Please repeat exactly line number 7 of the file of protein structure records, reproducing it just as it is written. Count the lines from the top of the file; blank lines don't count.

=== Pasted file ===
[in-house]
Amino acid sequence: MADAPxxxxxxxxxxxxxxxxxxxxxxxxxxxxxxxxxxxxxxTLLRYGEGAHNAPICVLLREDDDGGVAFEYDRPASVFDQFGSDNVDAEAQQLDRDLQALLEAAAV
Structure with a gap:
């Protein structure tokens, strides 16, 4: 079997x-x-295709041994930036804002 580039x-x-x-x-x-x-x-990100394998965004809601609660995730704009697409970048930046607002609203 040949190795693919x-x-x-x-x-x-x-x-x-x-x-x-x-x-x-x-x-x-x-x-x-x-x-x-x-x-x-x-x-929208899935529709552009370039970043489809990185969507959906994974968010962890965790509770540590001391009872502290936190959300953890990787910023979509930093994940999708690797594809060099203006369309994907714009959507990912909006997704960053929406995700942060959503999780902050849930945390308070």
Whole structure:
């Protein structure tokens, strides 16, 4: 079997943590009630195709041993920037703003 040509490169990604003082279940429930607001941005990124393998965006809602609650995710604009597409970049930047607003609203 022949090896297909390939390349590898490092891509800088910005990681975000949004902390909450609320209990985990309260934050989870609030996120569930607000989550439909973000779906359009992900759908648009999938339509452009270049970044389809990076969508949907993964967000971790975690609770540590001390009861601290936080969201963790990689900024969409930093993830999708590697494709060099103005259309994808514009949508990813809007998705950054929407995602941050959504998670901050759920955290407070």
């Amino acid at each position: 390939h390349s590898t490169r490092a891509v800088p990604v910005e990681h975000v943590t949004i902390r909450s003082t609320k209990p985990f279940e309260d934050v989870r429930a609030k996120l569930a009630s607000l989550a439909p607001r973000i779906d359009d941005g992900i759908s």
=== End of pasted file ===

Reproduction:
């Amino acid at each position: 390939h390349s590898t490169r490092a891509v800088p990604v910005e990681h975000v943590t949004i902390r909450s003082t609320k209990p985990f279940e309260d934050v989870r429930a609030k996120l569930a009630s607000l989550a439909p607001r973000i779906d359009d941005g992900i759908s």